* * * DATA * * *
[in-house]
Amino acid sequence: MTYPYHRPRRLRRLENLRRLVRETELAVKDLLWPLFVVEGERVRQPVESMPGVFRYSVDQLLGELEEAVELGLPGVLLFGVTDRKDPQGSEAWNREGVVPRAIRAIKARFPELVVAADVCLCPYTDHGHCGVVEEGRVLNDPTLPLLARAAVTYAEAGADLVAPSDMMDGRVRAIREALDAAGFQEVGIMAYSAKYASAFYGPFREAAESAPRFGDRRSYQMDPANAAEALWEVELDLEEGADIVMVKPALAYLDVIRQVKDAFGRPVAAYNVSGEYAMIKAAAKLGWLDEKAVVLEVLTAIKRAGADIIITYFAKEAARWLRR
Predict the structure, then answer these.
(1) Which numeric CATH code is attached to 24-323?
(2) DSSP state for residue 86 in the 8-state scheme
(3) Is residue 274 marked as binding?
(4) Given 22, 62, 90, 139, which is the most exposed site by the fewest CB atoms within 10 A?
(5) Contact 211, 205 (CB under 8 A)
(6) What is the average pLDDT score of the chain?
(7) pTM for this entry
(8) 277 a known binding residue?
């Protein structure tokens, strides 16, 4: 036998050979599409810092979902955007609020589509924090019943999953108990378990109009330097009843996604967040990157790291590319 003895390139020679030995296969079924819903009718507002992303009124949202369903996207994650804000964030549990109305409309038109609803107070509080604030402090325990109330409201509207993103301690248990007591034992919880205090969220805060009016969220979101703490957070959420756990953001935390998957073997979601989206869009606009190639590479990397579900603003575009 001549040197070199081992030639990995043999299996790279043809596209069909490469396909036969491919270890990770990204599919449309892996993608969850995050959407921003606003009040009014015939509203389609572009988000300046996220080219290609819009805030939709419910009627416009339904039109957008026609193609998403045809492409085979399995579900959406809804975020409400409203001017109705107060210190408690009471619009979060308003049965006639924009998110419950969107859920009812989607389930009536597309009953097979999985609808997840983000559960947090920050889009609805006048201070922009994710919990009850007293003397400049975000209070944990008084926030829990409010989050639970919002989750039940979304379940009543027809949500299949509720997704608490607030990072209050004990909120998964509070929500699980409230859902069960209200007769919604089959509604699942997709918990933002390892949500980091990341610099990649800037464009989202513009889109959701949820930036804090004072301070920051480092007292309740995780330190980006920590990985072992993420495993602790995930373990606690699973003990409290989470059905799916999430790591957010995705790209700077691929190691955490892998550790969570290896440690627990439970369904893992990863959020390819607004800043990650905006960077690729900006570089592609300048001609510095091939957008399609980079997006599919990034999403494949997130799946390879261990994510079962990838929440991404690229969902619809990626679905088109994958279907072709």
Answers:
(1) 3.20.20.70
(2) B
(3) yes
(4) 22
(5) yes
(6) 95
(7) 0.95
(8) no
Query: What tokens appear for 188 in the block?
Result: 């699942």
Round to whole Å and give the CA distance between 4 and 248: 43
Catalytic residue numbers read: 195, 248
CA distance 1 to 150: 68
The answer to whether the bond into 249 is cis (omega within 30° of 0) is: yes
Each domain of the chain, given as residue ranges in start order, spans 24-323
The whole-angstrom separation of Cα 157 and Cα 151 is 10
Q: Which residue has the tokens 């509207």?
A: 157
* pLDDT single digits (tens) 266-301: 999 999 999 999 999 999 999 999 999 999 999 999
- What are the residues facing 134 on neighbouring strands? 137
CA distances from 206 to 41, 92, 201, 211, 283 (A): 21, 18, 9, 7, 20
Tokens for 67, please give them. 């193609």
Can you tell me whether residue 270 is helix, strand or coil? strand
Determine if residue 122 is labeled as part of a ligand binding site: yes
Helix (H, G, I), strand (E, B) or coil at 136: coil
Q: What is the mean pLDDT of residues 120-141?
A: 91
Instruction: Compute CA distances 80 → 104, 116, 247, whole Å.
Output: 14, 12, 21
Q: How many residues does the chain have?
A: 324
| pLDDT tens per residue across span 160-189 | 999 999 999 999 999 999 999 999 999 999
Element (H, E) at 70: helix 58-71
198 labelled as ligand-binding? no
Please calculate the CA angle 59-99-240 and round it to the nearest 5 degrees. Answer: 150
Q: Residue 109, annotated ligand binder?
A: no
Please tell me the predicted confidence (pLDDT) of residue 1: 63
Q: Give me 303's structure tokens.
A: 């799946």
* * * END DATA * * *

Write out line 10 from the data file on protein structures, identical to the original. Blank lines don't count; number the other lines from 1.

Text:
(7) pTM for this entry